Screen Media Exposure in Early Childhood and Its Relation to Children's Self-Regulation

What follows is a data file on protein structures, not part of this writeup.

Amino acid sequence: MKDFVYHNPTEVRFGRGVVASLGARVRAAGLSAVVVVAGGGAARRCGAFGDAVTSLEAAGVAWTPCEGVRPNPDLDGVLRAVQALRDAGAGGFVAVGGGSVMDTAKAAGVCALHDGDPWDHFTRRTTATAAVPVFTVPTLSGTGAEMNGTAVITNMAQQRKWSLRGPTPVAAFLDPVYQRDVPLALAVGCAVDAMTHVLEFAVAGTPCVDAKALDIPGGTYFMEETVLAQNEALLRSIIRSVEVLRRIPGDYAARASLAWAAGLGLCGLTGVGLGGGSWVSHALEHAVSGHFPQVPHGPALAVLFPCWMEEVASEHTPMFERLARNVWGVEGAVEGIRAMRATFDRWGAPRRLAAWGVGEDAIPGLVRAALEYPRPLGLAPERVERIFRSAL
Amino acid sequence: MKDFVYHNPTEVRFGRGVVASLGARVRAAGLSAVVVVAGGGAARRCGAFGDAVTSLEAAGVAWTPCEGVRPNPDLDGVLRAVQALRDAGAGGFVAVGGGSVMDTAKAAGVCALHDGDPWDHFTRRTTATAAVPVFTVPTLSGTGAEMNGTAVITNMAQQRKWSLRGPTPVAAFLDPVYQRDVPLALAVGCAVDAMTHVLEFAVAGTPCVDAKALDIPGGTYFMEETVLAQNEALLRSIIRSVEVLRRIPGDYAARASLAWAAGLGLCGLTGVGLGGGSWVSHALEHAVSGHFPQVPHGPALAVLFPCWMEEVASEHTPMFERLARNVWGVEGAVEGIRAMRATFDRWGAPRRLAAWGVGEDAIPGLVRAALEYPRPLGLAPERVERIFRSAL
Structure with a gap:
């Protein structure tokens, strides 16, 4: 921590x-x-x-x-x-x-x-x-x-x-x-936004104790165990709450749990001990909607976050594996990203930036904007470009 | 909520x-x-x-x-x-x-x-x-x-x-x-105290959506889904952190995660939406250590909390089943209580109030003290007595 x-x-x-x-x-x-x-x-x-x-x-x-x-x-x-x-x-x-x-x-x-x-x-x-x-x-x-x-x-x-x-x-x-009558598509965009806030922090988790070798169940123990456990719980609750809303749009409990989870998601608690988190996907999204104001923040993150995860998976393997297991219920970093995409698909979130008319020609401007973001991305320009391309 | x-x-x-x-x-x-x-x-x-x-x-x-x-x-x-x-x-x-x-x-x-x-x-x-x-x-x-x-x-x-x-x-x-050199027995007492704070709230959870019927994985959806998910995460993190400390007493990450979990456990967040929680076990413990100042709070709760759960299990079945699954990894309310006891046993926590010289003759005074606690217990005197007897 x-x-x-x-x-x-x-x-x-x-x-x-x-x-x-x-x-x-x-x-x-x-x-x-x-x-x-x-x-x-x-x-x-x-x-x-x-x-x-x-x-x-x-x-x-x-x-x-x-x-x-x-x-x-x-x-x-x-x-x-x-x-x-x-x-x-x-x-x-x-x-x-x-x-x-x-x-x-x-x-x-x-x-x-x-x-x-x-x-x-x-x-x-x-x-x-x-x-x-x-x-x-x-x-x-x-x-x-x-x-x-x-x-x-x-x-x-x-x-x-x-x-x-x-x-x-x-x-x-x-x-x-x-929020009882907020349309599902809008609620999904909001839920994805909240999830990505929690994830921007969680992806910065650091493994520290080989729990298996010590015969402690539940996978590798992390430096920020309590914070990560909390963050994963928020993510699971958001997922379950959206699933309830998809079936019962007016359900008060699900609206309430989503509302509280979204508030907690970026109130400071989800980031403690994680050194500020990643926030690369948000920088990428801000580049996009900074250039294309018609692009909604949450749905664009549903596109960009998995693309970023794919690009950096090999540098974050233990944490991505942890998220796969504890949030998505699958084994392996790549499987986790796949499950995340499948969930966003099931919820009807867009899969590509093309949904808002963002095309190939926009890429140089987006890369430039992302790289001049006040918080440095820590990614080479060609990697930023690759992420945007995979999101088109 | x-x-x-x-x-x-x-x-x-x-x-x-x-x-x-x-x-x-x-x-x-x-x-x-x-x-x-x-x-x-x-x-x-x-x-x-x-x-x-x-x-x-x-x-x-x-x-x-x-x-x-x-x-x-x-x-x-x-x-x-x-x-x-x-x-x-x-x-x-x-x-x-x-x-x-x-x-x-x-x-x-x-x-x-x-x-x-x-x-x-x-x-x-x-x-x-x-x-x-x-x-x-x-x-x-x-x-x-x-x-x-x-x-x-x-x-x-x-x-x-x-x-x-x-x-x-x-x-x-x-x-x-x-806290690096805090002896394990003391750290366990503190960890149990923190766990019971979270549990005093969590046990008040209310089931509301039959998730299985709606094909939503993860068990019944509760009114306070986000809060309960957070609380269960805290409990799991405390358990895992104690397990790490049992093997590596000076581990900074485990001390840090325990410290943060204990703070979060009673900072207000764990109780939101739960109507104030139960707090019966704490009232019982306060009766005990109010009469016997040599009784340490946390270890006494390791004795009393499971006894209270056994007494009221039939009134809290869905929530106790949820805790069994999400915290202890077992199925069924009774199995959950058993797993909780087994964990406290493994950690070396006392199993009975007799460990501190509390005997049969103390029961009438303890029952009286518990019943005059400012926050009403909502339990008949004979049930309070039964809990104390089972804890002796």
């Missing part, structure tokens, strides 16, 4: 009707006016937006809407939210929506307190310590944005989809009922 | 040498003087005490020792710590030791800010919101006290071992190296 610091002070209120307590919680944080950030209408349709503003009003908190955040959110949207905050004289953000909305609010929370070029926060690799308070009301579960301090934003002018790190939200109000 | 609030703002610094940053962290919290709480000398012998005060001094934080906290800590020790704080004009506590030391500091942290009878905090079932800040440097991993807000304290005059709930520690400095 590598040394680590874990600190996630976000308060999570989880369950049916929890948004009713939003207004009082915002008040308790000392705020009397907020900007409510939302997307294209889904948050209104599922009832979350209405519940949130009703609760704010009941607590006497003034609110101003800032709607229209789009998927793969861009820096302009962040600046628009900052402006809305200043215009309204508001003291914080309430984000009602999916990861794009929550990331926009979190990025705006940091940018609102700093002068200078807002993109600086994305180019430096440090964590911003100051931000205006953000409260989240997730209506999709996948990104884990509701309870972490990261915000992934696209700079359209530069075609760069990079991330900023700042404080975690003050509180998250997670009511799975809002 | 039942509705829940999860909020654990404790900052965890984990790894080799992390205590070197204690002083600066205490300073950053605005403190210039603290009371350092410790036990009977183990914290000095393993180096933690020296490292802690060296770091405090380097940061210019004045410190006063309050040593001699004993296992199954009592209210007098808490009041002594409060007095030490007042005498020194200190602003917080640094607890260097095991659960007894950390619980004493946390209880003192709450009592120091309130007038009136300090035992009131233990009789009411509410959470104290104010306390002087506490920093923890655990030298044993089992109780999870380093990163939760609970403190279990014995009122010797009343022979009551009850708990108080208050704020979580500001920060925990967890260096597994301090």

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Self-regulation, the ability to control thoughts, emotions, and behavior for goal-directed activities, shows rapid development in infancy, toddlerhood, and preschool periods. Early self-regulatory skills predict later academic achievement and socioemotional adjustment. An increasing number of studies suggest that screen media use may have negative effects on children's developing self-regulatory skills. In this systematic review, we summarized and integrated the findings of the studies investigating the relationship between young children's screen media use and their self-regulation. We searched the ERIC, PsycINFO, PubMed, and Web of Science databases and identified 39 relevant articles with 45 studies. We found that screen time in infancy is negatively associated with self-regulation, but findings were more inconsistent for later ages suggesting that screen time does not adequately capture the extent of children's screen media use. The findings further indicated that background TV is negatively related to children's self-regulation, and watching fantastical content seems to have immediate negative effects on children's self-regulatory skills. We suggest that future studies should take the content and context of children's screen media use into account and also focus on parent- and home-related factors such as parental behaviors that foster the development of self-regulatory skills.